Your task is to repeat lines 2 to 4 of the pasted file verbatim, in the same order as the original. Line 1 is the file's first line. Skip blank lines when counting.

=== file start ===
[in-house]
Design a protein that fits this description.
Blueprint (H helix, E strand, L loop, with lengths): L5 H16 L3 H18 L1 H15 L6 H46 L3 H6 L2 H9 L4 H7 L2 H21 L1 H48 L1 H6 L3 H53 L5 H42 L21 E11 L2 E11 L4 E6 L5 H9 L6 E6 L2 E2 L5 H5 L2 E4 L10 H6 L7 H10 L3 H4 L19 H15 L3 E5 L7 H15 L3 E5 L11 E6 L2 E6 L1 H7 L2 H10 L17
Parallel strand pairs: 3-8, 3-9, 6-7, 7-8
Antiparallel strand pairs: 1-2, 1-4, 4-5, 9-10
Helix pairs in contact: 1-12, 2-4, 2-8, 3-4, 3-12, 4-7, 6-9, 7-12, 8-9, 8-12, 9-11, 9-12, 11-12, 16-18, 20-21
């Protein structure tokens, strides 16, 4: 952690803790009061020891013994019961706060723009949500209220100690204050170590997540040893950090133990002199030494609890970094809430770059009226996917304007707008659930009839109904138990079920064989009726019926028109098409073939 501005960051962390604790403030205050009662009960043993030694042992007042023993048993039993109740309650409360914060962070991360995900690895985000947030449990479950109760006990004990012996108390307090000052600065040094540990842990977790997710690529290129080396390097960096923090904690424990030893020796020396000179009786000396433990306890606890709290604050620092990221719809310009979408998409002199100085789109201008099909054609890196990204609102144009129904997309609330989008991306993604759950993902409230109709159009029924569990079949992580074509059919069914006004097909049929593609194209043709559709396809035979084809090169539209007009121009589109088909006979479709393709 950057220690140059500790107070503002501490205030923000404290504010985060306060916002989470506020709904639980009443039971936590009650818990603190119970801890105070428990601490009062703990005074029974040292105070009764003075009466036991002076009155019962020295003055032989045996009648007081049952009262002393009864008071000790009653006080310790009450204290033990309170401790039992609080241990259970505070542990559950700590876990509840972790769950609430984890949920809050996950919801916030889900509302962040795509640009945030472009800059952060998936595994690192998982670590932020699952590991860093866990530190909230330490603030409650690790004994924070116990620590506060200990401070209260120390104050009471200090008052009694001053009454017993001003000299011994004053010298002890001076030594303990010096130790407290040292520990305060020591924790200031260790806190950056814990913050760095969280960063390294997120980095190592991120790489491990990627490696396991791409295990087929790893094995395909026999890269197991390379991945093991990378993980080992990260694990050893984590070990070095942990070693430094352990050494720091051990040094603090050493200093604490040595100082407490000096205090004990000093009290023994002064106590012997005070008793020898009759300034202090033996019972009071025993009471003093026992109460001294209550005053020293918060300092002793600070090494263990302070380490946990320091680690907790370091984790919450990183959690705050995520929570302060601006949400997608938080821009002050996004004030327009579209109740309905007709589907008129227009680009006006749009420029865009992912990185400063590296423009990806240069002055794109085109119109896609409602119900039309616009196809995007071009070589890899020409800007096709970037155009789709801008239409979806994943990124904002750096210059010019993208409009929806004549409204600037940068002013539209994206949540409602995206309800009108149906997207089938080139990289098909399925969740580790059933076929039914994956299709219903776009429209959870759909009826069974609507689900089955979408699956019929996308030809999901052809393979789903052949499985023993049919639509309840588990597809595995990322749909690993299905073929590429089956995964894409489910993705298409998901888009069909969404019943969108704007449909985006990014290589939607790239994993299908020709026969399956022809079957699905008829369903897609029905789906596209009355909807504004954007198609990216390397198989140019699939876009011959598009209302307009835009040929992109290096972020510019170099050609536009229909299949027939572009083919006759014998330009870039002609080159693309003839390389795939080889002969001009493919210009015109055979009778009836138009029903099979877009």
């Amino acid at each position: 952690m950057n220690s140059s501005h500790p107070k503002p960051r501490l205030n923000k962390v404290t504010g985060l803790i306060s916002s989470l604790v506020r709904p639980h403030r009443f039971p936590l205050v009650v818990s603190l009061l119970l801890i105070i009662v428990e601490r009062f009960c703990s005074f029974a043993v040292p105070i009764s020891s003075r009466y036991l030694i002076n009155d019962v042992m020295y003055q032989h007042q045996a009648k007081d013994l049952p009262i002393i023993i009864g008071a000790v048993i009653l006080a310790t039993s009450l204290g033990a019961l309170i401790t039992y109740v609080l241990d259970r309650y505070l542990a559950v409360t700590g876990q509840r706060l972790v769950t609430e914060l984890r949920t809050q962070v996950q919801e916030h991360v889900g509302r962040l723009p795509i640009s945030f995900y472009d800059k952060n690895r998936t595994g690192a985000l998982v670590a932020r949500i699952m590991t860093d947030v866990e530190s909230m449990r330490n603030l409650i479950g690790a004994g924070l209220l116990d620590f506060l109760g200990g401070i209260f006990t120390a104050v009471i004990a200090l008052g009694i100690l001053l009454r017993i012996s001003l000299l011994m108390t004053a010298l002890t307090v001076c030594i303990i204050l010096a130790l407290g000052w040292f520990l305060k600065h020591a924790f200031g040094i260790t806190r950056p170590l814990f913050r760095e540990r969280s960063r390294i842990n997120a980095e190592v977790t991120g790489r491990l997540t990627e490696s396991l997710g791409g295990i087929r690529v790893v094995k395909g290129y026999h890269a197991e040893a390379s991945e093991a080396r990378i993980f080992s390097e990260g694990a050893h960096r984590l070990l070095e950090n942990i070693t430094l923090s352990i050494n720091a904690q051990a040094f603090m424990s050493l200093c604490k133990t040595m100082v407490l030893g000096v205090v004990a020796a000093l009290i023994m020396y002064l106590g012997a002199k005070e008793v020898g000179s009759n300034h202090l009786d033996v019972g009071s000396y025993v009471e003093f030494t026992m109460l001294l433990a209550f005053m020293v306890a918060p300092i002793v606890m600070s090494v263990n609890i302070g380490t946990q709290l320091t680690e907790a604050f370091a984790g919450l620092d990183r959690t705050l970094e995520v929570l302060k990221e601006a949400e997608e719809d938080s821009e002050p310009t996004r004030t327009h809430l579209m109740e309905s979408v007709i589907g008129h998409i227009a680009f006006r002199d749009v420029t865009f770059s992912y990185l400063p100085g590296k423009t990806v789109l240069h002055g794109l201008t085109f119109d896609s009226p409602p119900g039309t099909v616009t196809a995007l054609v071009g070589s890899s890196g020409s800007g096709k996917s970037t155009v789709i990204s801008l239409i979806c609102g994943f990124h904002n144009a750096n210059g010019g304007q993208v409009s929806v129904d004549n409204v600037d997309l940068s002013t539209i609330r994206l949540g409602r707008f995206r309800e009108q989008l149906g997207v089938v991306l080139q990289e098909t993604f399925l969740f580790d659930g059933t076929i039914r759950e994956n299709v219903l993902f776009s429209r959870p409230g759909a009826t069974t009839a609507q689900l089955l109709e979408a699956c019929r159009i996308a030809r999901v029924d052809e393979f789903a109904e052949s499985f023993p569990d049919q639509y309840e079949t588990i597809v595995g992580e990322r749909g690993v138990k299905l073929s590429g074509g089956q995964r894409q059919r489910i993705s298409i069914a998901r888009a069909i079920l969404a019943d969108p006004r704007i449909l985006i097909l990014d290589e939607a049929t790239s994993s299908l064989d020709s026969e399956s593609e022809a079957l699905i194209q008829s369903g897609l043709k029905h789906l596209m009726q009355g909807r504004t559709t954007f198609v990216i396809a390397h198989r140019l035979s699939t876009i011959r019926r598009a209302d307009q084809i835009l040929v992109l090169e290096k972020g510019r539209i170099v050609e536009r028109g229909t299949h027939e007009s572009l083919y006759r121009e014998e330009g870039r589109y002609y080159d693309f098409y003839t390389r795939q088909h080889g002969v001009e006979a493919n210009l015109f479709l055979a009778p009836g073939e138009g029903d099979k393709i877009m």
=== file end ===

Design a protein that fits this description.
Blueprint (H helix, E strand, L loop, with lengths): L5 H16 L3 H18 L1 H15 L6 H46 L3 H6 L2 H9 L4 H7 L2 H21 L1 H48 L1 H6 L3 H53 L5 H42 L21 E11 L2 E11 L4 E6 L5 H9 L6 E6 L2 E2 L5 H5 L2 E4 L10 H6 L7 H10 L3 H4 L19 H15 L3 E5 L7 H15 L3 E5 L11 E6 L2 E6 L1 H7 L2 H10 L17
Parallel strand pairs: 3-8, 3-9, 6-7, 7-8